We are in the market for a vacuum cleaner. Our current vacuum was purchased the year we first moved in together nearly a decade ago. And even with the move to our starter home a year later, and now two kids many years after that, it is more than sufficient to clean the minimal carpet square footage we have now. But we want something that works on hardwood floors and will keep the new house sparkling, without having to drag a big vacuum out of the closet!
I posted the question to friends and family on Facebook and got over 40 different recommendations. Everyone loves their Dysons, Sharks, Kirbys, and Bissels – and then within those brands – there are tons of different lines. Before shelling out $500 or more on an appliance we will be using regularly hopefully for the next decade or so, I decided to go back to the research process I used for hedge fund investing: do some background reading online, define my relevant market, brainstorm my list of key questions, pose them to experts, and make an informed decision. So without further ado… here are 12 questions to ask BEFORE buying a vacuum.
12 Questions to Ask Before Buying a Vacuum
There’s no such thing as ‘one size fits all’ when it comes to vacuums. Every house has different surfaces to clean, different kinds of messes to clean up, and every cleaner has different preferences and frequencies with which they clean. Those individual specifics will help narrow the vacuum universe and define your market. These are the questions you have to answer for yourself, before you can effectively pose vacuum specific questions to experts.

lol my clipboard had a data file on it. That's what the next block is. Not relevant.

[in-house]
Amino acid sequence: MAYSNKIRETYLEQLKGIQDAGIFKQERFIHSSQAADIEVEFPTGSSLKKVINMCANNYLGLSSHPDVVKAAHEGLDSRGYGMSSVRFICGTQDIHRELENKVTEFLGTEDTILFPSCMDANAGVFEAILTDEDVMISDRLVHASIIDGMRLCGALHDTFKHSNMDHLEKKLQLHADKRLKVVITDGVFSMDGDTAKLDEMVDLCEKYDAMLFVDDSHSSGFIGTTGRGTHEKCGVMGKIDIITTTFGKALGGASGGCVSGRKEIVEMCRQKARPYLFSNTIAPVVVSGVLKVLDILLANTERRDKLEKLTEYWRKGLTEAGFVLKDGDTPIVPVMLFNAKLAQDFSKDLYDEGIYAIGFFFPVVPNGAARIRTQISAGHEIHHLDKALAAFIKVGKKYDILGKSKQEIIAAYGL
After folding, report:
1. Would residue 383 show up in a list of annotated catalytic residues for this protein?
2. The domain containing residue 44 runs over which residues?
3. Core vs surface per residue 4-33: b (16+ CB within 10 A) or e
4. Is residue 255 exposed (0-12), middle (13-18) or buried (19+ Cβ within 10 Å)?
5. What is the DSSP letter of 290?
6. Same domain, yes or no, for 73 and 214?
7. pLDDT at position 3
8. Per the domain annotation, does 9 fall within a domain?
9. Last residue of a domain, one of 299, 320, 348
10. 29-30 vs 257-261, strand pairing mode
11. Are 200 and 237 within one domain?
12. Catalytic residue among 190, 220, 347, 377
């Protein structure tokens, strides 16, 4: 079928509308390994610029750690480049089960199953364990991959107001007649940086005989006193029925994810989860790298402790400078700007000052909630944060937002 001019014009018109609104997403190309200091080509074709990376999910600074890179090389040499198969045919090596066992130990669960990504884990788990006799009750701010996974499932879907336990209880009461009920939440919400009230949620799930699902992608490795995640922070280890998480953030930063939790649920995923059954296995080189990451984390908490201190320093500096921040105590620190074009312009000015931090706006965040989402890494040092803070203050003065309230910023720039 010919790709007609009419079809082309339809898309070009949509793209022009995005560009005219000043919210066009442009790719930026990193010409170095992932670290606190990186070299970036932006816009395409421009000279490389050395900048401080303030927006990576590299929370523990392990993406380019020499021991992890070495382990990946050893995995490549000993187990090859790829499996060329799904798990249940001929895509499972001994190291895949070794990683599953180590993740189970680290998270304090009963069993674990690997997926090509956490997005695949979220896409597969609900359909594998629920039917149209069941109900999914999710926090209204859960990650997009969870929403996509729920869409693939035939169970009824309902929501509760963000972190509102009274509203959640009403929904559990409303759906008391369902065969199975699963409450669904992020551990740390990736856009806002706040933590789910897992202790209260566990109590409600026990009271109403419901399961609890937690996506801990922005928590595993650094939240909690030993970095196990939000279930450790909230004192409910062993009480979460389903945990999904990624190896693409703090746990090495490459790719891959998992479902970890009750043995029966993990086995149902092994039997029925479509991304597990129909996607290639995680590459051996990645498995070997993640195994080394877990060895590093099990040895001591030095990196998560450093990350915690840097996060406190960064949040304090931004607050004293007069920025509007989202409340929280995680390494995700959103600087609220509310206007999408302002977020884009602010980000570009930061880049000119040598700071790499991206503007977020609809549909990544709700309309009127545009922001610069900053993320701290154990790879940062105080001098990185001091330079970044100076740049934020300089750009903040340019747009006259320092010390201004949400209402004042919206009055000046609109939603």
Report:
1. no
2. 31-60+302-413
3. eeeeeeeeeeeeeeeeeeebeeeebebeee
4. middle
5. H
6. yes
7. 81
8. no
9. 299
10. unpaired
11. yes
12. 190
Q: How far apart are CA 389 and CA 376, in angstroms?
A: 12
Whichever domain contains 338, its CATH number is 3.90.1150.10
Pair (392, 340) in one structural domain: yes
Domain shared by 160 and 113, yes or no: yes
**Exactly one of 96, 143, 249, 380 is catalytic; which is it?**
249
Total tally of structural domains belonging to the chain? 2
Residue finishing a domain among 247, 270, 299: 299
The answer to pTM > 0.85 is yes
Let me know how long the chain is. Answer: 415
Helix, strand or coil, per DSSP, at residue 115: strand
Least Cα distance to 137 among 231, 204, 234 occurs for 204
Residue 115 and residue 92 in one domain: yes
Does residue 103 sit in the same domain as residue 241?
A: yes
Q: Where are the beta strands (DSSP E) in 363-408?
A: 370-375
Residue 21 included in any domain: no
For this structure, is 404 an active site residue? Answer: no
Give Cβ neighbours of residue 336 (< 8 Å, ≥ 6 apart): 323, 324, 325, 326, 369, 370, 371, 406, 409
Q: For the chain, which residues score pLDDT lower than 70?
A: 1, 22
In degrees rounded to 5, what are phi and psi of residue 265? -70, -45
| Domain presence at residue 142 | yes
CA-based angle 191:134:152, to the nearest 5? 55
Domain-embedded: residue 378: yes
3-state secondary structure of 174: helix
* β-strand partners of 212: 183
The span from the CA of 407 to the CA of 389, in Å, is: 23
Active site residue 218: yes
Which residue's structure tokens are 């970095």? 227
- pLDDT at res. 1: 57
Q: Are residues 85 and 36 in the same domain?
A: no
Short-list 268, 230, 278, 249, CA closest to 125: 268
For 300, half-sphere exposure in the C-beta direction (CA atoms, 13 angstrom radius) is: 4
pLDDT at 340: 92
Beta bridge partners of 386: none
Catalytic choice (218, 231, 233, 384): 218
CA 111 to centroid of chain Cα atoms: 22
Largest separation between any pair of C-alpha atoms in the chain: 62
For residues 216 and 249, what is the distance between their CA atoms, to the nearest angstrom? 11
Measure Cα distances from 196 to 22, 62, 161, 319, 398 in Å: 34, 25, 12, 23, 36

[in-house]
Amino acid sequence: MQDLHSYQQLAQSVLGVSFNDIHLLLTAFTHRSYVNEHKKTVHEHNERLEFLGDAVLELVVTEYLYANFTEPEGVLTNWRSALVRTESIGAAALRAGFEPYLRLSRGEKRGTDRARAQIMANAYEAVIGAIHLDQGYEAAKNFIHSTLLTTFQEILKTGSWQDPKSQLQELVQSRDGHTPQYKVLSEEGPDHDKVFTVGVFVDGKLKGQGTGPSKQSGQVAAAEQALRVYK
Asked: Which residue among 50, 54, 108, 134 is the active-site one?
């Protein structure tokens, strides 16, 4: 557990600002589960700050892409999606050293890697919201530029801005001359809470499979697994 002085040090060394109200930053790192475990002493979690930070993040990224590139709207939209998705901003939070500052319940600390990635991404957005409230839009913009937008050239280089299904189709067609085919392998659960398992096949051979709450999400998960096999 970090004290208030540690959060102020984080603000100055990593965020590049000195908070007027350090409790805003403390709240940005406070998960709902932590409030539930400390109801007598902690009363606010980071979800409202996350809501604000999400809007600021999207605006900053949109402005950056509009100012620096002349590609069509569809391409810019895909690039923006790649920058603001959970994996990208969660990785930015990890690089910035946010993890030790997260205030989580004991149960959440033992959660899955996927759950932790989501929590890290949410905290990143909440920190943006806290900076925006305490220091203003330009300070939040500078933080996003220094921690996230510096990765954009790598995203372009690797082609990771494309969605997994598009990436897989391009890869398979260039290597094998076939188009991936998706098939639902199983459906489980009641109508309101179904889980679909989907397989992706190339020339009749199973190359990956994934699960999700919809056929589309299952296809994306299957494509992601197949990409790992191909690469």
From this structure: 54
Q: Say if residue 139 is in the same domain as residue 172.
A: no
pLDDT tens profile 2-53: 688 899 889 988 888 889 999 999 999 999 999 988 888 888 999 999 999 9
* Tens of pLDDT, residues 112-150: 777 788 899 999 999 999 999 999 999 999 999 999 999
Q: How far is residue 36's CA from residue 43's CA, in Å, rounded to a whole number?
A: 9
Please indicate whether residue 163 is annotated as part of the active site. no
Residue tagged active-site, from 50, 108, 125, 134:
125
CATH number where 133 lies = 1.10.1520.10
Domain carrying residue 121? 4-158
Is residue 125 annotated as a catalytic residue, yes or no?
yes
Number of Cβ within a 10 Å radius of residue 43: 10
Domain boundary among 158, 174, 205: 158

Define Your Market
1. What type of floor surfaces do you have?
Are you looking to vacuum mostly heavy, thick wall-to-wall carpeting or does your home primarily consist of tile and hardwood floors with a few area rugs? Or maybe you have a good mixture of both. Some vacuums easily adjust how high their heads sit from the floor, and whether a spinning brush touches the floor, to make the transition between surfaces seamless. Others may require attachment packages to be most effective on hard surfaces. Amazon has compiled an awesome list of vacuums, ranked by thousands of customer reviews for Carpets, Hardwood Floors and Pet Hair.
2. What kind of mess do you make?
For some, you are trying to tame the shedding of indoor dogs and cats. For others (like me), I’m trying to tame the trail of Cheerios, crumbs and dirt left behind by two young children, no matter the rules about food never leaving the table. For a lucky few, maybe you are just trying to keep dust and allergens at bay with a weekly light vacuum run. The frequency and location of use, as well as necessary suction power, and canister or bag size will all influence which vacuum is the right fit for you.
3. How large is your home?
Are you vacuuming 800 sq. ft. in your studio apartment in NYC? Sucking up dog hair in your raised ranch? Or chasing dust bunnies in your sprawling McMansion? A small space may do well with a cordless, stick vacuum that holds 10 minutes of cleaning power, while that might not do in a multi-thousand square foot space.
Ask the Experts
With your market defining questions now answered, it’s time to get out and ask the experts. Who might these experts be? The salesmen at your local appliance store. You may scoff at this, thinking: those guys are just looking to make a sale, and likely will steer me towards the most expensive option there is, regardless of quality and value. While that may be true, that’s why you don’t just ask one.